Data Integration Buyer's Guide

The Perils & Promises of Customer Data Integration: 3 Keys

Customer Data Integration

Customer Data Integration

Solutions Review’s Expert Insights Series is a collection of contributed articles written by industry experts in enterprise software categories. In this feature, Fluree President Eliud Polanco offers commentary on the perils and promises of customer data integration with several keys to consider.

Have you ever called your cable TV company and had to answer a series of questions confirming your identity?

You might be a customer with a bundle of three services: television, internet and cellular. Yet, attempting to change or even cancel one or more services requires conversations with several representatives in multiple departments. The next bill arrives. The modifications to your account you thought you made weeks before, when you spent an hour on the phone, aren’t on it.

You call back. Some company reps say they see the notes in your file regarding your previous call. Others don’t. All of them say they don’t know why the changes you requested the month before didn’t occur.

Believe it or not, the above scenario is not the cable company trying to rip you off. Instead, it’s indicative of a challenge facing many types of business spanning sectors. Successfully integrating customer data, on paper at least, seems like an easy proposition. It’s not. Rather, it’s a universal problem. Generating an overall view of a customer remains a high hurdle. Especially in larger and more complex organizations, no single list of customers, transactions, products and services, and accounts exists. That is the nirvana of business customer data management systems.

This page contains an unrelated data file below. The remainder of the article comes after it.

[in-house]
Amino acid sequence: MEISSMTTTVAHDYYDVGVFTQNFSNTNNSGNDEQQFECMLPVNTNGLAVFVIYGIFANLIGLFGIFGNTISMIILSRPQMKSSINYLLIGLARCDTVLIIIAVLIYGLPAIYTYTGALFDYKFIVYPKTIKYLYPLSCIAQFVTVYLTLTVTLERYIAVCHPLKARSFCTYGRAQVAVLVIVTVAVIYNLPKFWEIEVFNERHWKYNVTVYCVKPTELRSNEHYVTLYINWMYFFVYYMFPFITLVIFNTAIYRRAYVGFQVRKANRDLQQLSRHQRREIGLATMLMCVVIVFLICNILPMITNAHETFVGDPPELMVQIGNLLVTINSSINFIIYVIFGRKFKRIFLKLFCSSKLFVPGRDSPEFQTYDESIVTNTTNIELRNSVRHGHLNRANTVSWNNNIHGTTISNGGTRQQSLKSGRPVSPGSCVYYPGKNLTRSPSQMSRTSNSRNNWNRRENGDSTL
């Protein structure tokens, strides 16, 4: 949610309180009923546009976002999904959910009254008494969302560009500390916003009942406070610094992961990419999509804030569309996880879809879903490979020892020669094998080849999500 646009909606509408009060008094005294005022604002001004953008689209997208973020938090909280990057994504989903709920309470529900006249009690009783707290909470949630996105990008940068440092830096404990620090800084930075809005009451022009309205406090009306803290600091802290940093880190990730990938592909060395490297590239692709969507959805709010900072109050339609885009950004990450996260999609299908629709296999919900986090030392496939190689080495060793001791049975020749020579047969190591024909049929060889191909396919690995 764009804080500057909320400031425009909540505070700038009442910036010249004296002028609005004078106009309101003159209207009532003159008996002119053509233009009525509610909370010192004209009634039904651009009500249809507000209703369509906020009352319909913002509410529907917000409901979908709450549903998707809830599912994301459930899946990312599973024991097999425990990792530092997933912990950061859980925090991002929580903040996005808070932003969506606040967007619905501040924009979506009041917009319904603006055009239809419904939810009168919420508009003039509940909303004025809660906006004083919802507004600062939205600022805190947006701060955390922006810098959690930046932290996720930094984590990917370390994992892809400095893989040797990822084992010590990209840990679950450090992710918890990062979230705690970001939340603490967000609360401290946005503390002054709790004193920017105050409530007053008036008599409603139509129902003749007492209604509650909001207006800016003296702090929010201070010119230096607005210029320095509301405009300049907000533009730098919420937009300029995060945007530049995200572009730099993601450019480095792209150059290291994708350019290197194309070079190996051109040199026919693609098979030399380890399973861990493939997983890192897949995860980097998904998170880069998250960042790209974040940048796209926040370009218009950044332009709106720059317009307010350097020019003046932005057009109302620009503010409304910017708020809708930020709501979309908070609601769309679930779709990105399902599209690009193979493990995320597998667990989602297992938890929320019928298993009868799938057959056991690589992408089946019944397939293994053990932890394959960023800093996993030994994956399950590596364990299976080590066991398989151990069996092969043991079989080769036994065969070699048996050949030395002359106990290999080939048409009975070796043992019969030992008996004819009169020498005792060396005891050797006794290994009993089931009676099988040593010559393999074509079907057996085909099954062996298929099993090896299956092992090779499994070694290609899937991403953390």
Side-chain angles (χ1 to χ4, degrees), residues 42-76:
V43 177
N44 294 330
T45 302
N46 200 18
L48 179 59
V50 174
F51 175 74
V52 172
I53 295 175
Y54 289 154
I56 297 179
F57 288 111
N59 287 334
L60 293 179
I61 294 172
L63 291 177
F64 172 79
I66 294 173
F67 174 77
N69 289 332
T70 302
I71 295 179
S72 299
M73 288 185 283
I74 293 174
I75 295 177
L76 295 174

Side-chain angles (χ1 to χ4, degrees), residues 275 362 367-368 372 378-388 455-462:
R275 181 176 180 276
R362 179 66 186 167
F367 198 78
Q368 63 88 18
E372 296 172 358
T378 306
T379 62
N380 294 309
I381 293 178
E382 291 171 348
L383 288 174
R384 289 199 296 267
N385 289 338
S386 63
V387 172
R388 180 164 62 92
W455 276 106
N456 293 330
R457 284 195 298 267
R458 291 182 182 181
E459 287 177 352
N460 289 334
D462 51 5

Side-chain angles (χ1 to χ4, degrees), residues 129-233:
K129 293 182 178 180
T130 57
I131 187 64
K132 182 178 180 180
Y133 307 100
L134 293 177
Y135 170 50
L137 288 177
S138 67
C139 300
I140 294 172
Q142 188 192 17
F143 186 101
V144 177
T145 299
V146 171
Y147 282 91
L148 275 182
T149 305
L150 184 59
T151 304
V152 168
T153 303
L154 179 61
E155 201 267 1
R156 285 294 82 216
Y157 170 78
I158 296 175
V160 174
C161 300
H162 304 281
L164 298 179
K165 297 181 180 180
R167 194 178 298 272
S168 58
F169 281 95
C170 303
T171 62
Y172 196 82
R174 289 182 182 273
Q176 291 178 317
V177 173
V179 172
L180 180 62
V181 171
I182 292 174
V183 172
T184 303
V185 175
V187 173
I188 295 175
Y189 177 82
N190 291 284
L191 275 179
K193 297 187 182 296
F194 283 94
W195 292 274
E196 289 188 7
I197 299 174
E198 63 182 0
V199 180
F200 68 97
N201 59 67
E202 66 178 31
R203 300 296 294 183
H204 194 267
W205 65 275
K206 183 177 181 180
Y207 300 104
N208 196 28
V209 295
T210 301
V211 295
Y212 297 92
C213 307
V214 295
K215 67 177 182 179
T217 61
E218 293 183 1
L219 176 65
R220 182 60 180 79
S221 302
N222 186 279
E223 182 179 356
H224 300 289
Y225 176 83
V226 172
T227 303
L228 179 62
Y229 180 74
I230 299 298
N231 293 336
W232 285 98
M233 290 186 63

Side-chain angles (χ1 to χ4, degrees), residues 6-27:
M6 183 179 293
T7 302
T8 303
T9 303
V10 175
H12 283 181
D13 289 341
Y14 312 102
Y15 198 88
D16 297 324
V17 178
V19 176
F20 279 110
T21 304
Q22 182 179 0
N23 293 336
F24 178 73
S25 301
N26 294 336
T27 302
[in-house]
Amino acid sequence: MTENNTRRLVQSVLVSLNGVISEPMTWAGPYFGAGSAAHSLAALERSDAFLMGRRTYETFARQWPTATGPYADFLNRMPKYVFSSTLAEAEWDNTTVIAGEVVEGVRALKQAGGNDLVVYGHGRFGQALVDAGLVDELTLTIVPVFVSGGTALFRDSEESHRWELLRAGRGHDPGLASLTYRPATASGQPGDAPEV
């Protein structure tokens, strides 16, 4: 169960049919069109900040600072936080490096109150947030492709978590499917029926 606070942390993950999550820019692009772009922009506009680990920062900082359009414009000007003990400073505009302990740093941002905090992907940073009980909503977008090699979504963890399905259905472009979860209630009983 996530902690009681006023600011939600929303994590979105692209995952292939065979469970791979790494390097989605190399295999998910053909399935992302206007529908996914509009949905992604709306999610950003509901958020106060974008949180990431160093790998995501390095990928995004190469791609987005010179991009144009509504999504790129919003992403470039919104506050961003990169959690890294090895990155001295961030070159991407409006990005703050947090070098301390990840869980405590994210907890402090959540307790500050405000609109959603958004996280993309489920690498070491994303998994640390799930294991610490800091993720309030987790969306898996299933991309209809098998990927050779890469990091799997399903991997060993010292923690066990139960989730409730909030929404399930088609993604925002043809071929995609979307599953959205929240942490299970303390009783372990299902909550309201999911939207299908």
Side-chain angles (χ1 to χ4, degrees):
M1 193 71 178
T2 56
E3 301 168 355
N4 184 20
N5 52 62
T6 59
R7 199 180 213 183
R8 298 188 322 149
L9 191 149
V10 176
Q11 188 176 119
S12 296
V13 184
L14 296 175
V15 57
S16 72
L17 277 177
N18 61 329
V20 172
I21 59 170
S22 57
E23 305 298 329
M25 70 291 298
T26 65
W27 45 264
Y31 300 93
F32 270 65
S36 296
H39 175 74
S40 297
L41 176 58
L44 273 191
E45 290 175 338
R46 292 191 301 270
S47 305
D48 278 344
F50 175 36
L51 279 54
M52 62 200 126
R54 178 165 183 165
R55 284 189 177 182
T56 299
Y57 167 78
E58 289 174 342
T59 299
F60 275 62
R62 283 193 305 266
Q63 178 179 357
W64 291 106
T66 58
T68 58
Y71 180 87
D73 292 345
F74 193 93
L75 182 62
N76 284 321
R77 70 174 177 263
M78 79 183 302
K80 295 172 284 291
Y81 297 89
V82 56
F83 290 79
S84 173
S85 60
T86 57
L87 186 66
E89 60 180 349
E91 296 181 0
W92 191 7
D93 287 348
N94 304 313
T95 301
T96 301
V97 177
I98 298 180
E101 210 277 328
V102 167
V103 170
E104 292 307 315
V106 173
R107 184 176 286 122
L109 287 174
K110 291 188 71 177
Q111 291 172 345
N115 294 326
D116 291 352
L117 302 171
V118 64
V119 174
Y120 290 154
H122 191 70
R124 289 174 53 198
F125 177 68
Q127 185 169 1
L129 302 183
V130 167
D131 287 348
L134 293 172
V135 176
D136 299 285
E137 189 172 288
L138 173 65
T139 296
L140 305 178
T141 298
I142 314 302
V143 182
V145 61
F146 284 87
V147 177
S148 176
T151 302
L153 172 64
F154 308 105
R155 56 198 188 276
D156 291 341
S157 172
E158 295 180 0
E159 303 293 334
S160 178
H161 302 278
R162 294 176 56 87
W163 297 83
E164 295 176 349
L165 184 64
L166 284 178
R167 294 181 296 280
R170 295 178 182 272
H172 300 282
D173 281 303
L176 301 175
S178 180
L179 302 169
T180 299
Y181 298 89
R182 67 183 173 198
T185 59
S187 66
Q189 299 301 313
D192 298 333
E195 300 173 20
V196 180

This challenging, current situation many businesses find themselves in, has been percolating for the past two decades. As companies migrated away from purely centralized data on a mainframe, executives permitted business departments to buy software that would enable their business processes and functions to execute as efficiently and profitably as possible. Companies with many diverse lines of business soon ended up with many different records for the same customer. Those records now sit in different divisions, each of which collected and saved customer data based on their own needs and according to their respective software’s internal rules. These data silos are the result of well-meaning leaders trying to enhance their company’s efficiency, effectiveness and, yes, customer service.

Without potent customer data integration, businesses lose opportunities to upsell, cross-sell and reap the maximum return on investment. No actionable data exists regarding how customers interact with the business. A 2018 Gartner report found organizations believe that poor-quality data causes an average of $15 million a year in losses. Nationally that total ballooned to $3.1 trillion in 2016, according to an IBM study.